Adam Clarke Commentary
This chapter treats of the same subject with the preceding, in a beautiful and significant vision. Under the emblem of the open valley being thickly strewed with very dry bones is represented the hopeless state of the Jews when dispersed throughout the provinces of the Chaldean empire. But God, contrary to every human probability, restores these bones to life, thereby prefiguring the restoration of that people from the Babylonish captivity, and their resettlement in the land of their forefathers, Ezekiel 37:1-14. The prophet then makes an easy and elegant transition to the blessedness of the people of God under the Gospel dispensation, in the plenitude of its manifestation, when the genuine converts to Christianity, the spiritual Israel, shall be no longer under the domination of heathen and anti-christian rulers, but shall be collected together into one visible kingdom, and constitute but one flock under one Shepherd, Ezekiel 37:15-28. The vision of the dry bones reviving is considered by some as having a remote view to the general resurrection.
The hand of the Lord was upon me - The prophetic influence was communicated.
And carried me out in the spirit - Or, And the Lord brought me out in the spirit; that is, a spiritual vision, in which all these things were doubtless transacted.
The valley which was full of bones - This vision of the dry bones was designed, first, as an emblem of the then wretched state of the Jews; secondly, of the general resurrection of the body.
Can these bones live? - Is it possible that the persons whose bones these are can return to life?
Prophesy upon these bones - Declare to your miserable countrymen the gracious designs of the Lord; show them that their state, however deplorable, is not hopeless.
Behold, I will cause breath - רוח ruach signifies both soul, breath, and wind; and sometimes the Spirit of God. Soul is its proper meaning in this vision, where it refers to the bones: "I will cause the Soul to enter into you."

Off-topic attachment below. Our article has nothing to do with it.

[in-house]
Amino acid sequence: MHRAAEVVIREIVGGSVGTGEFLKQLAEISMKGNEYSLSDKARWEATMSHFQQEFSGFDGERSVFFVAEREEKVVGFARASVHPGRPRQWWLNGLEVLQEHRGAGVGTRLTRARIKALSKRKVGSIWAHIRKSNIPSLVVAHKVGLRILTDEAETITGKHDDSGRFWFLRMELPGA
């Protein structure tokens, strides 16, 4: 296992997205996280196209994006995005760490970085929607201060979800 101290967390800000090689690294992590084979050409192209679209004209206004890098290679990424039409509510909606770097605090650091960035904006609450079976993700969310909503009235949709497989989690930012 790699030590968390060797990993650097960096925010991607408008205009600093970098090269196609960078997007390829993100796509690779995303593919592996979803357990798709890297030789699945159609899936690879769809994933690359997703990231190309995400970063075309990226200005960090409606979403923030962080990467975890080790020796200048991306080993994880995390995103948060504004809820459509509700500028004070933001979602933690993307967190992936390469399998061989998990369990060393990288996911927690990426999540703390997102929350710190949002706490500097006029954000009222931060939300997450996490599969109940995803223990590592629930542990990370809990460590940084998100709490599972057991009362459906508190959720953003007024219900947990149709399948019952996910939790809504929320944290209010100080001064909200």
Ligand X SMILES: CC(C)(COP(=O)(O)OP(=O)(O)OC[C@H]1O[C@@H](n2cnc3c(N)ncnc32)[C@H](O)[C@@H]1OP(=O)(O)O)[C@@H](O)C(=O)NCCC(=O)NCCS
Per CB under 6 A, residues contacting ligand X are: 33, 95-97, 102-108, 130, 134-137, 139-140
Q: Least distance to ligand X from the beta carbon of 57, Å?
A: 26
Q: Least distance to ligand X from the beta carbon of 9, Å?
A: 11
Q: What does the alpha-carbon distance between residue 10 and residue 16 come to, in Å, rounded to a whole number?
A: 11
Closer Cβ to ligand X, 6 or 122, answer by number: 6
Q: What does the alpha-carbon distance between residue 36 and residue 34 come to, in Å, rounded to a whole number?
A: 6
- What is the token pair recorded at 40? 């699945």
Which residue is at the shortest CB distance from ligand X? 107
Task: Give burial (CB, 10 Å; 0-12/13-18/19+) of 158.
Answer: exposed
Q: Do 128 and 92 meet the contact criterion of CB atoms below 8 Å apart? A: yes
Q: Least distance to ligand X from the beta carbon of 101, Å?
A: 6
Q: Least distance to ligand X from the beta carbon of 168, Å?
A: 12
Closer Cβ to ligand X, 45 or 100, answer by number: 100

I will lay sinews upon you - Observe the progress:
Prophesy unto the wind - רוח ruach . Address thyself to the soul, and command it to enter into these well-organized bodies, that they may live.
Come from the four winds - Souls, come frown all parts where ye are scattered; and reanimate these bodies from; which ye have been so long separated. The four winds signify all parts - in every direction. Literally it is, "Souls, come from the four souls;" "Breath, come from the four breaths;" or, "Wind, come from the four winds." But here רוח ruach has both of its most general meanings, wind or breath, and soul.
These bones are the whole house of Israel - That is, their state is represented by these bones; and their restoration to their own land is represented by the revivification of these bones.
I will open your graves - Here is a pointed allusion to the general resurrection; a doctrine properly credited and understood by the Jews, and to which our Lord refers, John 5:25, John 5:28, John 5:29; : "The hour is coming when they that are in their graves shall hear his voice, and come forth."
And cause you to come up out of your graves - I am determined that ye shall be restored; so that were ye even in your graves, as mankind at the general resurrection, yet my all-powerful voice shall call you forth.